Wake Technical Community College
This activity has benefited from input from faculty educators beyond the author through a review and suggestion process.
This review took place as a part of a faculty professional development workshop where groups of faculty reviewed each others' activities and offered feedback and ideas for improvements. To learn more about the process On the Cutting Edge uses for activity review, see http://serc.carleton.edu/NAGTWorkshops/review.html.
This page first made public: Apr 30, 2008
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This is a weekly short writing assignment that forces students to summarize materials presented in class, to reflect on their own performance and understanding of the material, and to relate it to their individual lives.
Introductory physical geology class
that is composed primarily of non-majors
Skills and concepts that students must have mastered
The requirements call for the student to type and double-space their writing, so they should be able to use a word-processor. Otherwise, no other skills or special knowledge are needed
How the activity is situated in the course
In my course, we cover about a chapter in the book per week. Reflections are due the day after we finish a chapter, so this means that they are reflecting on the course about once a week. Over the course of the semester, reflecting becomes habit for the students.
Content/concepts goals for this activity
There are few purely content-related goals for this activity, as reflections are written on every subject we cover.
Higher order thinking skills goals for this activity
The goals of the reflection assignment are to encourage students to reflect on their experiences in class, pushing them towards interacting with the material at higher and higher levels of thinking. In order to write a single reflection, they have to remember material that was presented in class, be able to restate it in a clear manner that demonstrates some level of understanding, apply their understanding of the material to some aspect of their lives or experiences, synthesize concepts and subjects from chapter to chapter, and evaluate their own progress towards learning the material. When a student writes a reflection well, they really start to THINK about the material, which is wonderful to see.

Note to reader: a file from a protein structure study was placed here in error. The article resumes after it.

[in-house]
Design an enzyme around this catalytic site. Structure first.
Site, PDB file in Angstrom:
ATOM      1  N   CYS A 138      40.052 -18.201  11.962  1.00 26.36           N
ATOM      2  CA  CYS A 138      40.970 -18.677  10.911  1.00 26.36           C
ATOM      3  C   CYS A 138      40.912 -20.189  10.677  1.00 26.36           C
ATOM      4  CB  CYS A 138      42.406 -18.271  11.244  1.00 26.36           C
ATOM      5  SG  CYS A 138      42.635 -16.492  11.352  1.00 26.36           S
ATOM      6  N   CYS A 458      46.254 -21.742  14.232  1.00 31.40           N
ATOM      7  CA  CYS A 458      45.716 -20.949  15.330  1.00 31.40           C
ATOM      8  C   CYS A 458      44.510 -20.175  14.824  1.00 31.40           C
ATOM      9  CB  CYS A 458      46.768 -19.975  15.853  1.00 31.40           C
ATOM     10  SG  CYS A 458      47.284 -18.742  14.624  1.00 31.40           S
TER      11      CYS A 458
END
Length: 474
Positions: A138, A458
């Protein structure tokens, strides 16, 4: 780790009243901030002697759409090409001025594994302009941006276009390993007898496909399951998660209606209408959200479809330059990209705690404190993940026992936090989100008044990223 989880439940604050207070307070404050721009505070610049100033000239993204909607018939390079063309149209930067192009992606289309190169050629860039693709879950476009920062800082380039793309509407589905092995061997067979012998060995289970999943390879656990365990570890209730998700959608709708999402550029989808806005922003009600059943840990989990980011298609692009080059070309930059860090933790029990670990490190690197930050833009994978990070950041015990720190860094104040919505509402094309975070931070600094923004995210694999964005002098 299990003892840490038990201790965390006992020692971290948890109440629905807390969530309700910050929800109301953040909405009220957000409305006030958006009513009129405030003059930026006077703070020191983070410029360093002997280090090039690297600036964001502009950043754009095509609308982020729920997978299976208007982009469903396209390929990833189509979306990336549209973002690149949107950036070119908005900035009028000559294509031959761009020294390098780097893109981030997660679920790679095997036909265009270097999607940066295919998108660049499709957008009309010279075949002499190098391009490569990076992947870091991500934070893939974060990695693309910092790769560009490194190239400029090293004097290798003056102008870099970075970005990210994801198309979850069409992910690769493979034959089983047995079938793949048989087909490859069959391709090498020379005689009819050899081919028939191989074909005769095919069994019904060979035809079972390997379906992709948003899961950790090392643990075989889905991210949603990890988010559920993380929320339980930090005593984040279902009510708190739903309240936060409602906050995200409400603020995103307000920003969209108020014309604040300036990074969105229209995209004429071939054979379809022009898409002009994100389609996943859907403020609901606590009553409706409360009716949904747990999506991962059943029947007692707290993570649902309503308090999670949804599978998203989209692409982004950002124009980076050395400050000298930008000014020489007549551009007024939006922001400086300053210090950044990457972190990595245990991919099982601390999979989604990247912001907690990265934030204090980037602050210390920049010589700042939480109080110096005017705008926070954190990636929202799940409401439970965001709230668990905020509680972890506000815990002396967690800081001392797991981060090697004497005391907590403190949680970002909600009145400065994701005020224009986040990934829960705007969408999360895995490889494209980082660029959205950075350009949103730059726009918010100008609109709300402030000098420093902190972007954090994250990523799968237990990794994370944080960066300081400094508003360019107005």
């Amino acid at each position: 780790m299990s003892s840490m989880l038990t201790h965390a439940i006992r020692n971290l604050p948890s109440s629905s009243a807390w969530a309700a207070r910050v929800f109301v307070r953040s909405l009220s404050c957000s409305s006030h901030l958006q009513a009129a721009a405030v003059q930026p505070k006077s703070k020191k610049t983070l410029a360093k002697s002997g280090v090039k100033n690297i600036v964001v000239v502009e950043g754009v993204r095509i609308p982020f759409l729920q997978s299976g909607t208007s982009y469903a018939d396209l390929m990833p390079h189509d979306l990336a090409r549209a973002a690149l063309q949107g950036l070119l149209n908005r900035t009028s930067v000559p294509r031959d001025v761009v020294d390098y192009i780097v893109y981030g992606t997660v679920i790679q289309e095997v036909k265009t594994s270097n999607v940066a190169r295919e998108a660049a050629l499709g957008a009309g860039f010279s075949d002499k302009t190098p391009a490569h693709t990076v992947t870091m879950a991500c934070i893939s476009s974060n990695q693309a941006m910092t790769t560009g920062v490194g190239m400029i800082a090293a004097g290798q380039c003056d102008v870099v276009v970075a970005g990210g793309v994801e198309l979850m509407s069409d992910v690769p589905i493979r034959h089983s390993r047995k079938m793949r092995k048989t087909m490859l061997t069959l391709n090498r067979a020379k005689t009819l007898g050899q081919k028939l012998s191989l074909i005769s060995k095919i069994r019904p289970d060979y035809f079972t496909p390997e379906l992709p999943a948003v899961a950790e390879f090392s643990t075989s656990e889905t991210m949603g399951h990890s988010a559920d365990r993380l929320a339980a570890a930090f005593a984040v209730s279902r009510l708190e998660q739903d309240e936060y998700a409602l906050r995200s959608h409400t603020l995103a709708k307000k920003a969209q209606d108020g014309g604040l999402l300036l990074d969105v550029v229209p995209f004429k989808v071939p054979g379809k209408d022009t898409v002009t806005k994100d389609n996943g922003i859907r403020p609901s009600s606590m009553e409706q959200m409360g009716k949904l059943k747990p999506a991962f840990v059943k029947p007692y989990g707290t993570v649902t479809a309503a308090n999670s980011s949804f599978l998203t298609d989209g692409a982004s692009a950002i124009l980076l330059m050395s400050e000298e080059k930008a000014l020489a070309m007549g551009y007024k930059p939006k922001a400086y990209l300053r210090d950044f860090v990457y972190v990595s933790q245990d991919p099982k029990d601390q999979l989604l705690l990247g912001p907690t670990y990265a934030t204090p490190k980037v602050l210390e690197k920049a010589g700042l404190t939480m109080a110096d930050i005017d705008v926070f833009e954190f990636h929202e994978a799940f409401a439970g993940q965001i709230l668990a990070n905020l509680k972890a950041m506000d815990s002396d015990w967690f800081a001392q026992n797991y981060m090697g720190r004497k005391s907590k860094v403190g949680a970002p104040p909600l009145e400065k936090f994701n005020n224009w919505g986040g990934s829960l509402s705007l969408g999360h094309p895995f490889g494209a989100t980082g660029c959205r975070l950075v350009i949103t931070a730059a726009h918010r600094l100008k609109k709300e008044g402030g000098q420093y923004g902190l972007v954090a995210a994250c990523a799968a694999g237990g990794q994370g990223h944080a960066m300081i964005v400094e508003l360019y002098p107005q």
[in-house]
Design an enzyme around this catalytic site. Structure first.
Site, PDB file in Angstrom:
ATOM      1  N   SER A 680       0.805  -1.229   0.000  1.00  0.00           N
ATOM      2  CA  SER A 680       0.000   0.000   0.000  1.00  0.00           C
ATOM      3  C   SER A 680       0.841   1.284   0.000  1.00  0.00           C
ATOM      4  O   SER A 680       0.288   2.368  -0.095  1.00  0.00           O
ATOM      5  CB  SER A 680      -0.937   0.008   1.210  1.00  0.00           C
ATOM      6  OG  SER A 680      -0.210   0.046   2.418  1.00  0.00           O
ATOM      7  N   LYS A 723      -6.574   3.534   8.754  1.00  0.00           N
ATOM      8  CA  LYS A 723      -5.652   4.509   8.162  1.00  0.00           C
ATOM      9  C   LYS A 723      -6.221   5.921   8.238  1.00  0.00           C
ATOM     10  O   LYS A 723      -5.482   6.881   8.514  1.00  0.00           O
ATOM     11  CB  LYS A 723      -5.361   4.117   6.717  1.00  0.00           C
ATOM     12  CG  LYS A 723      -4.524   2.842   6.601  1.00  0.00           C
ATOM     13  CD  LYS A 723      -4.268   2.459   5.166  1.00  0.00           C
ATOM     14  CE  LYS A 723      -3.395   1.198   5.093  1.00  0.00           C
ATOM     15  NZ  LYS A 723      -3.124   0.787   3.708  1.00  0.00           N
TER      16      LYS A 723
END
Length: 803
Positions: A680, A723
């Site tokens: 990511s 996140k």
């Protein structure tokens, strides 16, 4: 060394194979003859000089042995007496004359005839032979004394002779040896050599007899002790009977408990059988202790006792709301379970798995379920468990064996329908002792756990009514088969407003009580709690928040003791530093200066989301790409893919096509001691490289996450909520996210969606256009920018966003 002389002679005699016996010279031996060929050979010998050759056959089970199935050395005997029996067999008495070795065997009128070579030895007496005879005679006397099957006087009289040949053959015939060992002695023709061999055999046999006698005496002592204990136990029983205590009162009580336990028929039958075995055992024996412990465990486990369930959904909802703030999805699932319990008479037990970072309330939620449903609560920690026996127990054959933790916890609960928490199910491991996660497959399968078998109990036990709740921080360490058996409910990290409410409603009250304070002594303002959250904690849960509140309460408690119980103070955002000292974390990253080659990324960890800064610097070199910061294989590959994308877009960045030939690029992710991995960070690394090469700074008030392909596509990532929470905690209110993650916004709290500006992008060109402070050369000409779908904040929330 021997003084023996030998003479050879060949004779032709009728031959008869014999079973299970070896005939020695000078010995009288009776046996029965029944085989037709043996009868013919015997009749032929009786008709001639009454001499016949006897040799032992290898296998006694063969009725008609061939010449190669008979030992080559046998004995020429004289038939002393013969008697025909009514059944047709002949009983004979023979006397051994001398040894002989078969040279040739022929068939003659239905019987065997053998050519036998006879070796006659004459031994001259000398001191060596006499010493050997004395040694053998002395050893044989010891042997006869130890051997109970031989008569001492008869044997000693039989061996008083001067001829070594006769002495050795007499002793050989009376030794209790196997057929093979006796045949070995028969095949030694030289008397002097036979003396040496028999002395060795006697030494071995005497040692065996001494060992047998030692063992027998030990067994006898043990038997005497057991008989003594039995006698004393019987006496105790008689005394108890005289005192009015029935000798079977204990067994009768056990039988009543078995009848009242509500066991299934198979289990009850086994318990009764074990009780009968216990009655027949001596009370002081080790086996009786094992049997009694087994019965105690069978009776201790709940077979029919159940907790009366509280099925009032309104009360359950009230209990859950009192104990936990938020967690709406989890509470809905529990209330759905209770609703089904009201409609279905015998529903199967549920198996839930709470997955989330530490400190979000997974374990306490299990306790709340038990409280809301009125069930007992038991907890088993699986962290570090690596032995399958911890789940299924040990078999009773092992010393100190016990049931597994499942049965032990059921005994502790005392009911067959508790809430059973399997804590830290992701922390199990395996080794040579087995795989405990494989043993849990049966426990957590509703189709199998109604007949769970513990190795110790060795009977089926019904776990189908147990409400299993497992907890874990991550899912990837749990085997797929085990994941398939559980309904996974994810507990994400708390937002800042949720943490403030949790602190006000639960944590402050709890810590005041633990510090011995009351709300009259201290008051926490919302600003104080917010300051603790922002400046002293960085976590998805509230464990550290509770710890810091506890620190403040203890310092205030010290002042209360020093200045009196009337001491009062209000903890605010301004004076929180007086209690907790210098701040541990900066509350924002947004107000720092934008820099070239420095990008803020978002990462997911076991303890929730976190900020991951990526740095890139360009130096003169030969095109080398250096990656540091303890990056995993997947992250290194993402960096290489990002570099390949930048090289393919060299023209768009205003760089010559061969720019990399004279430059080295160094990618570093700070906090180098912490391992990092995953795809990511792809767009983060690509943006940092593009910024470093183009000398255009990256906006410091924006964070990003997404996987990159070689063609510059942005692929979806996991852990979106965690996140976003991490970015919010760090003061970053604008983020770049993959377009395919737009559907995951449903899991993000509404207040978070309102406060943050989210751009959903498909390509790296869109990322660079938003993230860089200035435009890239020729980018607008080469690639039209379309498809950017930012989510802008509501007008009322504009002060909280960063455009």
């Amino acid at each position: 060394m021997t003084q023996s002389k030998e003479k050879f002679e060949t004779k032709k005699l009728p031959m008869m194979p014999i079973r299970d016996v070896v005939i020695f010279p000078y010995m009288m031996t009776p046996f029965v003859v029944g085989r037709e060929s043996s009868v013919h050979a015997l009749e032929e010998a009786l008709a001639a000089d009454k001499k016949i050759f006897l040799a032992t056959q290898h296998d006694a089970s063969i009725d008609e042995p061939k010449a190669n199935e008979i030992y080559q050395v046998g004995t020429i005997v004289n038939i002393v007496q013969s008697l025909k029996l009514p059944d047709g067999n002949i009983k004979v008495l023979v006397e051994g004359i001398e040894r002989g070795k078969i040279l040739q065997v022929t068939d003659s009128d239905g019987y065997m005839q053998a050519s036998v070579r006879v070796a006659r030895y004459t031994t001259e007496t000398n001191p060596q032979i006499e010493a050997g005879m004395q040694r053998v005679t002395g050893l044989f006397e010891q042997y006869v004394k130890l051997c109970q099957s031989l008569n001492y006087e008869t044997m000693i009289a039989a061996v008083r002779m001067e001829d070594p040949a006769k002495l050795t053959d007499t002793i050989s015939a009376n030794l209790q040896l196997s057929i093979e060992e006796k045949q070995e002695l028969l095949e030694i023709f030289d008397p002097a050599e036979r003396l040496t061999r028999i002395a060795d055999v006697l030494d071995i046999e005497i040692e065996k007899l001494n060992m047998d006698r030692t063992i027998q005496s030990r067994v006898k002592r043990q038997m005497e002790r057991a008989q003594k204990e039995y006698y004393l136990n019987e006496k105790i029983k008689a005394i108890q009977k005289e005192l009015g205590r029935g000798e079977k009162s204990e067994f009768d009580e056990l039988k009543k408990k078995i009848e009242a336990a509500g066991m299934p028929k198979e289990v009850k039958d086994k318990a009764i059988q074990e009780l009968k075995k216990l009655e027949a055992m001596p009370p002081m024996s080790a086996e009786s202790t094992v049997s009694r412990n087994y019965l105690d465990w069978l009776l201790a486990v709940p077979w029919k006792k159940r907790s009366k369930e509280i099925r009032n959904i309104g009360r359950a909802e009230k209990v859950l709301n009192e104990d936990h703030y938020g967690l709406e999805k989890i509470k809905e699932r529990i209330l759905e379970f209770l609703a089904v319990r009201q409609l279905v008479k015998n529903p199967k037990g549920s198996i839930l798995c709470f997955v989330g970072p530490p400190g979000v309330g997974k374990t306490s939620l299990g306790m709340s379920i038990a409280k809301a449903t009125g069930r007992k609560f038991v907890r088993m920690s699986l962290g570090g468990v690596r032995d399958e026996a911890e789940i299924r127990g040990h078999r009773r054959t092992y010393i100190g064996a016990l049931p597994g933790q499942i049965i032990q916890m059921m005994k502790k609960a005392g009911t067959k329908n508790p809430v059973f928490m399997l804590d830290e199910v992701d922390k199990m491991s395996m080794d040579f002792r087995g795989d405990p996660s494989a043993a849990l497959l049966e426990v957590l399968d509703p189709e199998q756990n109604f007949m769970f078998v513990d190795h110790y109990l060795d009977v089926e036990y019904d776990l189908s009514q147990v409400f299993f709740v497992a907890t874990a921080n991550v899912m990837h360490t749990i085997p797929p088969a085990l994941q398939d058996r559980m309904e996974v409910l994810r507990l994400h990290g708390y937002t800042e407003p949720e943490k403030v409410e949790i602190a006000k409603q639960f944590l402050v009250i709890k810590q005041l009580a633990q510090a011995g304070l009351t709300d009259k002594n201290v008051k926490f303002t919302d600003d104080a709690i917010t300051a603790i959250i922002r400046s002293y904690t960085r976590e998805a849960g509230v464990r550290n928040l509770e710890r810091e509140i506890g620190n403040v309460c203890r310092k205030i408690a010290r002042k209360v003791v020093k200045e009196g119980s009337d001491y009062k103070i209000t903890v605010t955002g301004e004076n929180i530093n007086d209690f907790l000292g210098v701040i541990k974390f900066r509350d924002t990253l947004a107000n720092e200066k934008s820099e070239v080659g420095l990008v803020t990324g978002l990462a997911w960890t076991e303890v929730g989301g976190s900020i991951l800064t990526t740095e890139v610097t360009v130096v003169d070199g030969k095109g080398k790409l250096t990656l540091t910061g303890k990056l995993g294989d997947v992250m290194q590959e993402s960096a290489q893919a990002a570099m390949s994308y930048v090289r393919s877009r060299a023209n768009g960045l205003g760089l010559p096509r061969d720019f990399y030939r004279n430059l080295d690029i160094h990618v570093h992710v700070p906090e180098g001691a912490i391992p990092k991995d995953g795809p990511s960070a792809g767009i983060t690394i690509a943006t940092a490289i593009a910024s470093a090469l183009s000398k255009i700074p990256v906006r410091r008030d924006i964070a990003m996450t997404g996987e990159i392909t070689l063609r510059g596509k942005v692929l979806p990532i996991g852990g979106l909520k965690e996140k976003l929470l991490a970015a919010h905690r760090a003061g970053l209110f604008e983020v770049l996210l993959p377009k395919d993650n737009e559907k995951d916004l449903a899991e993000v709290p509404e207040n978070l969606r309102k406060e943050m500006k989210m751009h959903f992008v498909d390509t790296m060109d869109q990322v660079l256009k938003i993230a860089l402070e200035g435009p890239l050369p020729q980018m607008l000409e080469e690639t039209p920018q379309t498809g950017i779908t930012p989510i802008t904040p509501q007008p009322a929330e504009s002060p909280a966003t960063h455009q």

Other skills goals for this activity
A secondary goal of the reflections is to encourage writing skills through familiarity with the process of writing. When I grade reflections, I grade them essentially based on how deeply students are thinking about the material - I completely ignore typos, grammatical errors, etc. However, over the course of a semester, a single student will write 15 reflections; the more a student is forced to write, the more comfortable they become with the process. Comparing reflections that are written later in the semester with those written early on demonstrates that students who make many mistakes at the beginning of the semester make fewer ones as time goes on.
Description of the activity/assignment
About once a week, which approximately corresponds to each chapter covered, students are required to write a 2-3 paragraph reflection on the material covered in class. They may use information found in the book, or their experiences during lecture and lab, but they need to discuss their thoughts on the material. This written assignment encourages students to think more deeply about the material discussed, as well as to become more comfortable with the writing process.
Determining whether students have met the goals
In order to evaluate the reflections, I read every reflection, and grade them using a rubric, which I have uploaded as an additional file.
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